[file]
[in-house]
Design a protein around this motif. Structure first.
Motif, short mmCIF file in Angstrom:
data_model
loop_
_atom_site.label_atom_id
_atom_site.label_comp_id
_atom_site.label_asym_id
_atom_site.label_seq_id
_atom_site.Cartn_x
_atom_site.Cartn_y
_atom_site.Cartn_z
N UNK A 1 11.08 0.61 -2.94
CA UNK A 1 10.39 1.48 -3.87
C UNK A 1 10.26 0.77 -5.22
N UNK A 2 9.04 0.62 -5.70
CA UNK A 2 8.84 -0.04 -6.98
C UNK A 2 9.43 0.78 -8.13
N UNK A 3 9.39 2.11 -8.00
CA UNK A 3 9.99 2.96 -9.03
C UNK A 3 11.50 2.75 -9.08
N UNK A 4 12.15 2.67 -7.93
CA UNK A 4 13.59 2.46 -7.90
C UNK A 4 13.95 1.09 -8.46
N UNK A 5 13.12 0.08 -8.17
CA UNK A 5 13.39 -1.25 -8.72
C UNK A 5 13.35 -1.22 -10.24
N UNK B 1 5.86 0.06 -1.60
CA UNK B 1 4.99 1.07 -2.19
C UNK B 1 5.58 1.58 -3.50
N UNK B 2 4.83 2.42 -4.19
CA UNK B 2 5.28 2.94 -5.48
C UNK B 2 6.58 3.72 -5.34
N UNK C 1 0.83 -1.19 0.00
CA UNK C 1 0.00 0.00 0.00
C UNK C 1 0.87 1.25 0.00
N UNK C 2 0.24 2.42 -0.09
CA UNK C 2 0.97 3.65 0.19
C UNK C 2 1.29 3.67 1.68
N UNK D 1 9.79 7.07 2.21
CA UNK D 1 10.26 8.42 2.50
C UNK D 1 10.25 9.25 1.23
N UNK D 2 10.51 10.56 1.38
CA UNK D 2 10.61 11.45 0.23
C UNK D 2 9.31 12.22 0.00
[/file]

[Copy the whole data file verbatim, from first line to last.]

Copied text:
[in-house]
Design a protein around this motif. Structure first.
Motif, short mmCIF file in Angstrom:
data_model
loop_
_atom_site.label_atom_id
_atom_site.label_comp_id
_atom_site.label_asym_id
_atom_site.label_seq_id
_atom_site.Cartn_x
_atom_site.Cartn_y
_atom_site.Cartn_z
N UNK A 1 11.08 0.61 -2.94
CA UNK A 1 10.39 1.48 -3.87
C UNK A 1 10.26 0.77 -5.22
N UNK A 2 9.04 0.62 -5.70
CA UNK A 2 8.84 -0.04 -6.98
C UNK A 2 9.43 0.78 -8.13
N UNK A 3 9.39 2.11 -8.00
CA UNK A 3 9.99 2.96 -9.03
C UNK A 3 11.50 2.75 -9.08
N UNK A 4 12.15 2.67 -7.93
CA UNK A 4 13.59 2.46 -7.90
C UNK A 4 13.95 1.09 -8.46
N UNK A 5 13.12 0.08 -8.17
CA UNK A 5 13.39 -1.25 -8.72
C UNK A 5 13.35 -1.22 -10.24
N UNK B 1 5.86 0.06 -1.60
CA UNK B 1 4.99 1.07 -2.19
C UNK B 1 5.58 1.58 -3.50
N UNK B 2 4.83 2.42 -4.19
CA UNK B 2 5.28 2.94 -5.48
C UNK B 2 6.58 3.72 -5.34
N UNK C 1 0.83 -1.19 0.00
CA UNK C 1 0.00 0.00 0.00
C UNK C 1 0.87 1.25 0.00
N UNK C 2 0.24 2.42 -0.09
CA UNK C 2 0.97 3.65 0.19
C UNK C 2 1.29 3.67 1.68
N UNK D 1 9.79 7.07 2.21
CA UNK D 1 10.26 8.42 2.50
C UNK D 1 10.25 9.25 1.23
N UNK D 2 10.51 10.56 1.38
CA UNK D 2 10.61 11.45 0.23
C UNK D 2 9.31 12.22 0.00